Saturday, December 4, 2010
El corazon within the Darkness
Winter has placed her hands over the land and is keeping me in stillness, giving me time to contemplate the heart which marked my journey to San Miguel. When I was writing my stories in the Apartamento Rojo, staring out the glass doors at the clear view of the Enchanted City, I never gave one thought to the Iowa winters. Strangely, though the last few weeks have been largely focused on bracing myself for the cold with the purchase of scarves, boots, and pairs of gloves, I am not dismayed about enduring the long months of Iowa snow and ice. Instead, I feel fortunate. Indeed, I have never felt more fortunate in my life.
When I crossed the border into Laredo a year ago, I noted the startling change in ambience immediately. Though San Miguel is spreading out into the stretches of its outskirts, new complexes being built by mostly foreign bidding, the truth is Mexico continues to be a country where people are living on the edges of survival. As I drove south, half-built or abandoned adobe houses the size of an American garage sprinkled the paisaje. It wasn't until I reached the lush bajio of Guanajuato that I felt hope for the stricken landscape.
The turning point of my decision as to whether my stay would be six months or longer came through the search for reasonably priced and comfortable living space. After leaving the Valle del Maiz I searched in vain for a place I could afford, and ended up sharing space with a colony of fleas. And although I did eventually find a very lovely apartment, I became intimate with the chameleon character of fortune.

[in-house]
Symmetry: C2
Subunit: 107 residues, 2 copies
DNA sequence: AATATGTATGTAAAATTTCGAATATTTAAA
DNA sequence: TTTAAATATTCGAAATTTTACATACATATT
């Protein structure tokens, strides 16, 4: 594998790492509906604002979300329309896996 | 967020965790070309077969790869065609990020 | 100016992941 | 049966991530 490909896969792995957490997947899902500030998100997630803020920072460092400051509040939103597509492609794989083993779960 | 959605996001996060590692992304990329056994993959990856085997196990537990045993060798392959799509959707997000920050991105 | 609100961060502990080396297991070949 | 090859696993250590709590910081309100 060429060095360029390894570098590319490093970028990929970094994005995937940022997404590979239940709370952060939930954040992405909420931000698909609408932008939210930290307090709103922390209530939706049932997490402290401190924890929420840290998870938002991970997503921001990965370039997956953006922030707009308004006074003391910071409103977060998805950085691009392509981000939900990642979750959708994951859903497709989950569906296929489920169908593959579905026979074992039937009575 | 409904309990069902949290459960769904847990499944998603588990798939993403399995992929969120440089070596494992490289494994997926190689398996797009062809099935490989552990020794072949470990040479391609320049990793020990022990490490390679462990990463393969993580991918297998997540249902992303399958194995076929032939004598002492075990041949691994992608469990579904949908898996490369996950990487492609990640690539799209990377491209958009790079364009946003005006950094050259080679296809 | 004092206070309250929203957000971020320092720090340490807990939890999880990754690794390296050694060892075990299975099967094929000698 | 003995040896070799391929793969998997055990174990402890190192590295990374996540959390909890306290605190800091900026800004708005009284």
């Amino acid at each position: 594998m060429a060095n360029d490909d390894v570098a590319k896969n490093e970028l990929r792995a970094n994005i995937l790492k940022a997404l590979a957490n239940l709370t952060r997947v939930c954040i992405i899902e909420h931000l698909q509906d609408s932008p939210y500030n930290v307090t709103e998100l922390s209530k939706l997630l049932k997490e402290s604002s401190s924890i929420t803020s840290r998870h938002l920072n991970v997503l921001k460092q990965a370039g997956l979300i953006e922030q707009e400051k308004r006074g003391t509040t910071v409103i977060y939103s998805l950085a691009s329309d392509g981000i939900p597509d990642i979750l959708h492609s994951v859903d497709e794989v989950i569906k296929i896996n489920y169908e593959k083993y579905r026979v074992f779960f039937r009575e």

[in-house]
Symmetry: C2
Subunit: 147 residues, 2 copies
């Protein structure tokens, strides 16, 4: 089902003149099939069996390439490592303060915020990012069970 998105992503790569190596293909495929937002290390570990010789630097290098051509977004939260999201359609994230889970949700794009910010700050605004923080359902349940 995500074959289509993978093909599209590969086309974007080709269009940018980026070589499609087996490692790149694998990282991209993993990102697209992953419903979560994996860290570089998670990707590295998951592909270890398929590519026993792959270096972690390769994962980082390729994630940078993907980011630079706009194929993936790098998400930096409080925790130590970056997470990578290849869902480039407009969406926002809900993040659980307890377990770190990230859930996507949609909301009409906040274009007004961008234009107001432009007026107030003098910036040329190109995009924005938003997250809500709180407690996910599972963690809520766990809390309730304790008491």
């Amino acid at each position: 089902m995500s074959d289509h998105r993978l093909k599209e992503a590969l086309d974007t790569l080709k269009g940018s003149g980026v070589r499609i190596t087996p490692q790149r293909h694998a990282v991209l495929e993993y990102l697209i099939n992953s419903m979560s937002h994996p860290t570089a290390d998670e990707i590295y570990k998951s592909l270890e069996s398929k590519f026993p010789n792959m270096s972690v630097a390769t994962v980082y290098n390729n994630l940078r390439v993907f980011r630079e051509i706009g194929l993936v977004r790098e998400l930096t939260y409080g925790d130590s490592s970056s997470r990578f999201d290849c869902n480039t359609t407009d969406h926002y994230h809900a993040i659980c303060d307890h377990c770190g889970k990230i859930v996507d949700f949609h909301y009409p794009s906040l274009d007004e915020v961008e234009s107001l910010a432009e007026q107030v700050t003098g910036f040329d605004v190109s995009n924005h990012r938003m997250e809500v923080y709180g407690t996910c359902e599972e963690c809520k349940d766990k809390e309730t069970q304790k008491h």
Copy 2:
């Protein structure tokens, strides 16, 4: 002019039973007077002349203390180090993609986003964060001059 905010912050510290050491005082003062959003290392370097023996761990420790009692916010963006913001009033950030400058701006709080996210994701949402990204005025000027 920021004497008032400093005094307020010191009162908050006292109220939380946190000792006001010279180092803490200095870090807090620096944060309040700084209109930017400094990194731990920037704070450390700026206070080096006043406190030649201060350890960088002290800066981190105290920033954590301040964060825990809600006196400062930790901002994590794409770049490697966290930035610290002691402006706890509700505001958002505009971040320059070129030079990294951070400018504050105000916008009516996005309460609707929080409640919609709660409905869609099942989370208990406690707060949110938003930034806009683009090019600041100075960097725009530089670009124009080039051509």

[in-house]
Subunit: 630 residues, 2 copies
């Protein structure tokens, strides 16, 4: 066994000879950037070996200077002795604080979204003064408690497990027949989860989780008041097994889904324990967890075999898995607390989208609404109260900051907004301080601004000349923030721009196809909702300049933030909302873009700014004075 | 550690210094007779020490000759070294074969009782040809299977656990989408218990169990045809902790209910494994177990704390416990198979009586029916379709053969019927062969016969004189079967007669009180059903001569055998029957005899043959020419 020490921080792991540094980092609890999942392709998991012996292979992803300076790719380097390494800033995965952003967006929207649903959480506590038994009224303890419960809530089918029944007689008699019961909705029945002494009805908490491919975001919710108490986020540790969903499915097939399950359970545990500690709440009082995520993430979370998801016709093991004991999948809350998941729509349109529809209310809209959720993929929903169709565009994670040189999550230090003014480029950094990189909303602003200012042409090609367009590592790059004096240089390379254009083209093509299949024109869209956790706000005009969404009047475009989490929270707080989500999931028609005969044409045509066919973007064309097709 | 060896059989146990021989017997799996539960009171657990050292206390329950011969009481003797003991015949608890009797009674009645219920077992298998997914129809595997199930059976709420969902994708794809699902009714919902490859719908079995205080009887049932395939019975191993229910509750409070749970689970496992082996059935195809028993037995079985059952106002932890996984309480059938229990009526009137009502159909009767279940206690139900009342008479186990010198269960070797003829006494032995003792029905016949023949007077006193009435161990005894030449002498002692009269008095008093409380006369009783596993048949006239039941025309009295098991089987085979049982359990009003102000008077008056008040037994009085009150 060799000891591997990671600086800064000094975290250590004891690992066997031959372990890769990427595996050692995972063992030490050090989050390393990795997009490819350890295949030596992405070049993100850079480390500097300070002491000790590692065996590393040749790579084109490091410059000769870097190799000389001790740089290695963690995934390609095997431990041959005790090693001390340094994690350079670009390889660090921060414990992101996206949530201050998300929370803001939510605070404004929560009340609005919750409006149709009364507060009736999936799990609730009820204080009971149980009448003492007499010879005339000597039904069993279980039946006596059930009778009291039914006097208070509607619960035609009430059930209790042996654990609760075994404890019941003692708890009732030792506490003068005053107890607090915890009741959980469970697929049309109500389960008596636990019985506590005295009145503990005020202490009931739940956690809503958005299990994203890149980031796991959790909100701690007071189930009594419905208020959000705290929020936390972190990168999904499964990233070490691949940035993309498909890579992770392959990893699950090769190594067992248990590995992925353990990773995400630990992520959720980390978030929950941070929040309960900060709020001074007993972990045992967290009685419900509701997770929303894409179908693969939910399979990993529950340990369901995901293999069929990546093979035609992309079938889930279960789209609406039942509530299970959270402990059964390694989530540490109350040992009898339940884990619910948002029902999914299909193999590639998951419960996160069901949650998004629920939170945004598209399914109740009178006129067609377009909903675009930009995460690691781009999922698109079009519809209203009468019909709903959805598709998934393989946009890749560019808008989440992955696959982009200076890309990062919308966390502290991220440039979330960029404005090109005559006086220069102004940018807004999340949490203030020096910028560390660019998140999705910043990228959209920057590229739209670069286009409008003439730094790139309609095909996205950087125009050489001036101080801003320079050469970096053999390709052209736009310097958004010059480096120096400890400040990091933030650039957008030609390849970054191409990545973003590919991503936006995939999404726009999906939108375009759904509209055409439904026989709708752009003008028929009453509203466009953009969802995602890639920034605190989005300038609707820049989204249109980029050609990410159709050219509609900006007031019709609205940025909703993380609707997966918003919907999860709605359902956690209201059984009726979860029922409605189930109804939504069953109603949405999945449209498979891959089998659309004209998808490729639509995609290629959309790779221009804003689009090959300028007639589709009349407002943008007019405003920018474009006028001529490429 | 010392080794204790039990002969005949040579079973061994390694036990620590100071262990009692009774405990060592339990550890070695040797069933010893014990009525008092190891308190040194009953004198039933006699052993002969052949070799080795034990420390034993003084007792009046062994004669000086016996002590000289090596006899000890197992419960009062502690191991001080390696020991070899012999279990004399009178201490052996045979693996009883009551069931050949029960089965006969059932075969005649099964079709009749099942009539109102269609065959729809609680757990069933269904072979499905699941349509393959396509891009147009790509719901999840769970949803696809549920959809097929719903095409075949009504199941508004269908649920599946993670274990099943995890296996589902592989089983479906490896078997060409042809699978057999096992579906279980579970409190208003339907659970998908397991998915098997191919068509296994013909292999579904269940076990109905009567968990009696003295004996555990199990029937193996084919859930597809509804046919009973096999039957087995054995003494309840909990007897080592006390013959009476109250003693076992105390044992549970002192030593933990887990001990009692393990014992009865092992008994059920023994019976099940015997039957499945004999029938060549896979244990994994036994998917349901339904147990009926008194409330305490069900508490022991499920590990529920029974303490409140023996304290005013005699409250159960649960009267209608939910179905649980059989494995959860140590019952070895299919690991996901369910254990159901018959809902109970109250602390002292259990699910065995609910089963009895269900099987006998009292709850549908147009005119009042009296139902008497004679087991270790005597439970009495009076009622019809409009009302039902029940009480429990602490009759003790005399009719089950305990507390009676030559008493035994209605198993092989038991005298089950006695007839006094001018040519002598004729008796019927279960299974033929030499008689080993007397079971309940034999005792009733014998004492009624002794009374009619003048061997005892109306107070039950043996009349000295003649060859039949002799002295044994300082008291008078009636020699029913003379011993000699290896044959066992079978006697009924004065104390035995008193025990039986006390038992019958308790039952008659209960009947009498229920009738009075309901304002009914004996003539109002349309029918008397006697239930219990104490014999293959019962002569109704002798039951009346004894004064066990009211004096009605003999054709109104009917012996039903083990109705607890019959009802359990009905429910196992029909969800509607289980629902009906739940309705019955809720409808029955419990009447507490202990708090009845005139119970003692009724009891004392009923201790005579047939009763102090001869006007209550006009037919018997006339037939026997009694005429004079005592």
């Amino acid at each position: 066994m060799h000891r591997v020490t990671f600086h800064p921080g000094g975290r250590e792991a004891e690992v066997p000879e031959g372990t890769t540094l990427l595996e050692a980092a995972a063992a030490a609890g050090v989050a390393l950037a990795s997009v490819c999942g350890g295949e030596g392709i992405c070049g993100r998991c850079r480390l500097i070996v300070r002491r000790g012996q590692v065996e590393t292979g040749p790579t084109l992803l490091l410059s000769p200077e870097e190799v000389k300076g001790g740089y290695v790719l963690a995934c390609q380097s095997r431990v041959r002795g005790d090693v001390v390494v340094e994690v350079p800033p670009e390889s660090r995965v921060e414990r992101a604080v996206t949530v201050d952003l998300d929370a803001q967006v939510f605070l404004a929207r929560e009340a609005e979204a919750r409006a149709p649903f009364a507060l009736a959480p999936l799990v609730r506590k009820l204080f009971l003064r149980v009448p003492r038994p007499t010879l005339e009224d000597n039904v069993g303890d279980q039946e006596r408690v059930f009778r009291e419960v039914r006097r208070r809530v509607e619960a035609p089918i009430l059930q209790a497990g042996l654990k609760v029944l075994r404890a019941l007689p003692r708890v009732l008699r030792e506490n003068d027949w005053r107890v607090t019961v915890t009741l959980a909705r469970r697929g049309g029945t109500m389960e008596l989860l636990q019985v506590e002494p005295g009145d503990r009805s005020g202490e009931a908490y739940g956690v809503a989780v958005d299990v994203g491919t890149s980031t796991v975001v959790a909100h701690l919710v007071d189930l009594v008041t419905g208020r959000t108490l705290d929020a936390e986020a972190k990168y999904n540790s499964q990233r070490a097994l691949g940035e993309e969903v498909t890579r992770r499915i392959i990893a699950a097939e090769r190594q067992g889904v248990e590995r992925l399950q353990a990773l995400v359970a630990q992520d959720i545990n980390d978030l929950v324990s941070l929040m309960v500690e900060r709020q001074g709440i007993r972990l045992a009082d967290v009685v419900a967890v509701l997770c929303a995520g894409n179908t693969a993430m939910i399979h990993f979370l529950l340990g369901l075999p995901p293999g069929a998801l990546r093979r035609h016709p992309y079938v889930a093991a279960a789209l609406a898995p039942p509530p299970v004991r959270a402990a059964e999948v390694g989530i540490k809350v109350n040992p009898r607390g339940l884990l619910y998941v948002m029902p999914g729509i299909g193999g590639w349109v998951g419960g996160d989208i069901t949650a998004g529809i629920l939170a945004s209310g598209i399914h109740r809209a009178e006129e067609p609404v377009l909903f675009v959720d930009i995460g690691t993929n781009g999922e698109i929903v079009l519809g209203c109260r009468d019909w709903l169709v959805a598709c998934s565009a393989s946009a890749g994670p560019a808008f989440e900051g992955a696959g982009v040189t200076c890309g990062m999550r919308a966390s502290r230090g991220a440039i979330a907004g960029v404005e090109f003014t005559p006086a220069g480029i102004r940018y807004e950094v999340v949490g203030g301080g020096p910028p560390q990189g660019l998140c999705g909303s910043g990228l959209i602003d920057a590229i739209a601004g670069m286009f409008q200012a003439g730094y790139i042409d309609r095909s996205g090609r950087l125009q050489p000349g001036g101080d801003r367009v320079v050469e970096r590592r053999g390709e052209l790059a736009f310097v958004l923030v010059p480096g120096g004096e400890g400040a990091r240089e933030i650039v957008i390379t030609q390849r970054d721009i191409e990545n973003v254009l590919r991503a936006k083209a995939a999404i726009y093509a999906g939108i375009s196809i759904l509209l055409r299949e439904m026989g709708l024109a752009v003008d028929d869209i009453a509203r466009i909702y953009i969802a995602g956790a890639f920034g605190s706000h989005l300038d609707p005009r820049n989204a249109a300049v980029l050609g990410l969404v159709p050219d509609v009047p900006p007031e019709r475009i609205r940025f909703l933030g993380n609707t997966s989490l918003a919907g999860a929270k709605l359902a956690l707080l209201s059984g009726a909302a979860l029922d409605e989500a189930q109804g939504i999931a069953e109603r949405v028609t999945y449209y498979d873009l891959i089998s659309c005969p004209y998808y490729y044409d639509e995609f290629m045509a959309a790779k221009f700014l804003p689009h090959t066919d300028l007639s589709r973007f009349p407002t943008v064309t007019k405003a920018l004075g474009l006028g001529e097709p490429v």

One of my favorite sayings is "There but for fortune go I" but in San Miguel I traveled roads I never thought to walk upon. It took me a long time to comprehend that paying six dollars an hour to teach English at the Universidad de Guanajuato extension in San Miguel was average pay in Mexico. My heart collage, however, represents a particular "fortune" one finds in Mexico: vibrancy, colors which startle you into an aliveness that an office cubicle infamously disregards. Why do people come to Mexico, if not for this? Why did I return? We want to be rocked into an awareness, to return to the sense of tactile and visual excitement. And aren't we fortunate to participate in this culture? And are we aware of the level of poverty which so many Mexicans contend with on a daily basis?
Yesterday I ventured to the mall to find my last purchase: plush slippers to warm my increasingly cold feet at night. I recalled what my students had discovered in interviews with Latinos, their sense that Americans were too materialistic. I found myself feeling quite appalled at not just the intent to "shop till you drop", but the amount of meaningless merchandise for sale. I thought about my students, working, one and sometimes two jobs, single mothers and young men in trouble with the law. I thought about my friend who teaches first graders, and how one of them got a toy from Goodwill for his birthday. And I went home, without my slippers. Warm socks will do just fine.